3. First parameter can be time value in decimal format (e.g. 0.999988425925926 ). Omit second parameter.
  4. First parameter is acceptable as time value in Seconds (e.g. 86399). Omit second parameter.

Example-1: Both Parameter values are Date/Time Values. Second Parameter value (Date or Time) should be greater than first parameter value.

StartDT = DateAdd("d",-2,Now()) = 8/27/2016 7:38:22 PM 

EndDT = Now() = 8/29/2016 7:41:13 PM

? FormatTime(StartDT,EndDT)

Result: 48:02:51

Example-2: First parameter Date/Time Value, second parameter optional and omitted.

SDateTime=Now() or DateVallue("08/29/2016")+TimeValue("18:30:15")

? FormatTime(SDateTime)

Result: 18:30:15

Example-3: First parameter Time Value input as a number (2.00197916667094), the decimal value equal to the first example Result: 48:02:51). When we subtract Start-Date/Time Value from End-Date/Time Value you will get the difference as a decimal number, equal to number of days and time value.  This time number can be the result of summary of time values of several records from a Table or Query. The whole number represents number of days (i.e. 2*24=48 hrs.) + the fractional part in hours:minutes:seconds.

StartDT = 2.00197916667094 

? FormatTime(StartDT)

Result: 48:02:51

If the whole number at the left side of the decimal point is equal to the current date number then it will be ignored, when second parameter is omitted.

You can create a time number similar to the one above for testing this function. To do that we will look at few basics on the time value to understand them better.

1 Day = 24 hours. 1 Hour = 60 Minutes. 1 Minute = 60 Seconds. So 1 Day = 24 * 60 * 60 = 86400 Seconds.

1 second before mid-night = 86400-1 = 86399 seconds = 23:59:59

To convert the time 23:59:59 (86399) into internal representation of time value, divide 86400 into 86399 (86399/86400). Result: 0.999988425925926. The time 23:59:59 is stored in computers memory in this form. When combined with the current date number it will be like: 42612.999988425925926 for 08/30/2016 23:59:59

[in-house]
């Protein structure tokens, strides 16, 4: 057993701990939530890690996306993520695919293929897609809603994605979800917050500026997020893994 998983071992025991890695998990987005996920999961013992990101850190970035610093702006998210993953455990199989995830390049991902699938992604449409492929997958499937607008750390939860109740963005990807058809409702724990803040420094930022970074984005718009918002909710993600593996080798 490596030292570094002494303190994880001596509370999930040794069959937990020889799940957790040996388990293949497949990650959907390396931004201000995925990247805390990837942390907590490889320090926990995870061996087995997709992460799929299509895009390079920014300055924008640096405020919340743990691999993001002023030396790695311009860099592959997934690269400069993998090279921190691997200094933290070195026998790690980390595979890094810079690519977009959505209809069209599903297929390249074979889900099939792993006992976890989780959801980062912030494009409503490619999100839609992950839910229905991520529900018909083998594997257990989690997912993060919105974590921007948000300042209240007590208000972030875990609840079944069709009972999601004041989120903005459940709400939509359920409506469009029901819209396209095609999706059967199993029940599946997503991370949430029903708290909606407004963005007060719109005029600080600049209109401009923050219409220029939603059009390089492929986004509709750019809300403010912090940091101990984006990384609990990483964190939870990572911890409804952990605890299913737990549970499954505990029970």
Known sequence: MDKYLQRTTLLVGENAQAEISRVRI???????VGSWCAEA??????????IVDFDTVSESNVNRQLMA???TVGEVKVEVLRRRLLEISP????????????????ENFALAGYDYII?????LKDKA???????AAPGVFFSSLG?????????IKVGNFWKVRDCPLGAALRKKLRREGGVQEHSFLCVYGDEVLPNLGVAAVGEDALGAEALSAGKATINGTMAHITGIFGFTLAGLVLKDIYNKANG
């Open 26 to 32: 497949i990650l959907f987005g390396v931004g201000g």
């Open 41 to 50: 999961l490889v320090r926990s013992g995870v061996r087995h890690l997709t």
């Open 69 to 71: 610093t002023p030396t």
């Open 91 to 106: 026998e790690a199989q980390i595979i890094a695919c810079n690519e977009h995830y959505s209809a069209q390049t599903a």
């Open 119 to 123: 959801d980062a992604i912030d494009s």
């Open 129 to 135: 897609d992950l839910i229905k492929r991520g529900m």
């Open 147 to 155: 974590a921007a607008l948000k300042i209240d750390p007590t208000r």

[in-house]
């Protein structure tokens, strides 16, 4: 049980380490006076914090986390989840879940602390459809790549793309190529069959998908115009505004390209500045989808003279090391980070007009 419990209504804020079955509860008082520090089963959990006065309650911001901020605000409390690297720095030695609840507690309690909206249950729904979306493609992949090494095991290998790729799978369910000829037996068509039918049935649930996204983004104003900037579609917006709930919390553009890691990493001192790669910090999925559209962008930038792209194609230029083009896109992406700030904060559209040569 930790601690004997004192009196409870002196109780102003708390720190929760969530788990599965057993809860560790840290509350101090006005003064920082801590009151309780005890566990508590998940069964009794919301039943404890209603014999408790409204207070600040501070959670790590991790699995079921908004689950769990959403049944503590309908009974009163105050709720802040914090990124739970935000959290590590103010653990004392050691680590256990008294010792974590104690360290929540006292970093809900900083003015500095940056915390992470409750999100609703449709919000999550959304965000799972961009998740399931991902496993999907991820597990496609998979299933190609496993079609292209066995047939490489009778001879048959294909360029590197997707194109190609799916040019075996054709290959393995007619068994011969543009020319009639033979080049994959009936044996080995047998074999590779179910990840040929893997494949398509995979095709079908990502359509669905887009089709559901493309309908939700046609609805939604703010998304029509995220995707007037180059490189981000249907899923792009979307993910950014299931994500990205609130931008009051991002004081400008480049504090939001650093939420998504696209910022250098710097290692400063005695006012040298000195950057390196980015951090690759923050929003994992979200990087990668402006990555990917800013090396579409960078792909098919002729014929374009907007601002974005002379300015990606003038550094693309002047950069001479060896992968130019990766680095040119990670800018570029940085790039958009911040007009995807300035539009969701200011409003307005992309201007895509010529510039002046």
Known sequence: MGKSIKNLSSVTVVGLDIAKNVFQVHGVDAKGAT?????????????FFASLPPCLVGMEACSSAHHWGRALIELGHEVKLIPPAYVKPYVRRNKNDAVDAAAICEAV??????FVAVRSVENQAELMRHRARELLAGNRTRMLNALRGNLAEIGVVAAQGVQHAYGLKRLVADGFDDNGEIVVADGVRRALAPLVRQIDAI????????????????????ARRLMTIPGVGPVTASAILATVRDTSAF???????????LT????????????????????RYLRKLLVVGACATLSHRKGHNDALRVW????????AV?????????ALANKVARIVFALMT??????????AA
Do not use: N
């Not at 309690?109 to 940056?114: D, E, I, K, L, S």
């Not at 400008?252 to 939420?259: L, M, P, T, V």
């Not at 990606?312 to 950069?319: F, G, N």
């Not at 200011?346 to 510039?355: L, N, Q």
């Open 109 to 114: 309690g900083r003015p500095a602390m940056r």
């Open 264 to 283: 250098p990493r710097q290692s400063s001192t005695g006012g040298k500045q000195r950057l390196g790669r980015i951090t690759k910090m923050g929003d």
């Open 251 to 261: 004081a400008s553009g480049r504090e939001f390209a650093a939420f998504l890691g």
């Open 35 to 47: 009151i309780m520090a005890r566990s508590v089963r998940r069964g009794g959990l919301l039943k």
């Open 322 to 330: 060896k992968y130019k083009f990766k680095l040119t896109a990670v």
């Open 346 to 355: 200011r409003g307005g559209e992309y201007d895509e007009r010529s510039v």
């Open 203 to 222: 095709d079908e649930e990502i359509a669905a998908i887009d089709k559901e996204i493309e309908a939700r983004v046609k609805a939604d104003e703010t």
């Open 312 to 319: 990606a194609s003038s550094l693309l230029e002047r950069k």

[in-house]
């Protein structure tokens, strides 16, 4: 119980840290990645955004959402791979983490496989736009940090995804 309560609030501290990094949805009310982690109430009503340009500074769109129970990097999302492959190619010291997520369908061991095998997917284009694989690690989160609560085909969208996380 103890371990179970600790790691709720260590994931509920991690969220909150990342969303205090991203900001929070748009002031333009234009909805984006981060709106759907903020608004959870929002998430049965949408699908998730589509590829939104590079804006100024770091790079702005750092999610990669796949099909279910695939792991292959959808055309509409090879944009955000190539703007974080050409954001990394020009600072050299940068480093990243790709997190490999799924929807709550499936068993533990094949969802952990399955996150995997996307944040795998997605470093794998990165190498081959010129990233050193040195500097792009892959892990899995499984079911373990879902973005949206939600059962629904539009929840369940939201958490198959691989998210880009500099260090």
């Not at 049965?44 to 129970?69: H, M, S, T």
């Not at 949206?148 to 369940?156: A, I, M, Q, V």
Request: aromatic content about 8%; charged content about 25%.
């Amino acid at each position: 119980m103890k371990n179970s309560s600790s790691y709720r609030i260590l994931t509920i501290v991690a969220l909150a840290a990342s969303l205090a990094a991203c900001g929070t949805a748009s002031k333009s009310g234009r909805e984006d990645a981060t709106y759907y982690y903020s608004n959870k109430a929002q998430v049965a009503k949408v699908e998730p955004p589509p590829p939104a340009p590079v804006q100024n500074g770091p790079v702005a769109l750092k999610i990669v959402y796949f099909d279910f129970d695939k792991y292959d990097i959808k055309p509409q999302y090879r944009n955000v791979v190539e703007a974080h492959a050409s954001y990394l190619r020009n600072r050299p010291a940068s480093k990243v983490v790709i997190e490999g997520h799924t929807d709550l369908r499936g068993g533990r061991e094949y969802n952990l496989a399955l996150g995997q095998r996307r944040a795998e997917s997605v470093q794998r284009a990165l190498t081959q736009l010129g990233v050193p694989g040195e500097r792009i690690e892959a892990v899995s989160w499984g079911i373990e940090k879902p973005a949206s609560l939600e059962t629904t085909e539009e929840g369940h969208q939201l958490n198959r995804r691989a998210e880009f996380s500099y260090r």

Let us input this time number alone to our function and try out the result.

? FormatTime(0.999988425925926)

Result: 23:59:59

Example-4:

So, if you want to convert a Time number into Seconds then multiply it with 86400. 0.999988425925926 * 86400 = 86399

You can input number of seconds as a time number as first parameter to get it formatted in Hours:Minutes:Seconds.

? FormatTime(86399)

Result: 23:59:59

If you want larger values for testing this function, then try the following examples.

SD = 86399+86400+86000
   = 258799 seconds

SD = SD/86400
   = 2.9953587962963 time number

? FormatTime(SD)

Result: 71:53:19

Let us input the time value in seconds (let us assume that this value is the summary of Internet browsing time value in seconds).

SD= 258799

? FormatTime(SD)

Result: 71:53:19

If you have a Library Database then you can move this Function into that database so that you don't have to copy the code into all your other databases.

A Library database is a common database you have created with all your custom functions or custom wizards that you can attach with your other Projects. This method will enable you to use these functions in your other projects without duplicating codes in all of them. For a detailed discussion on this subject visit the page MS-Access and Reference Library.

Please leave your comments or suggestions for improvement of FormatTime()  function in the Comments Section, at the end of this Post. Thank you.

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Opening Multiple Instances of Form in Memory

Last few weeks we have been through learning the usage of dot(.) separator and exclamation symbol(!) in VBA object references.  Now, we will explore some interesting trick with Forms in VBA.  How to Call a Function Procedure embedded in a Form Module (Class Module), from a program outside the Form?

We will explore two different aspects on this particular topic.

  1. How to open several instances of a single Microsoft Access Form in memory, displaying different information on each of them?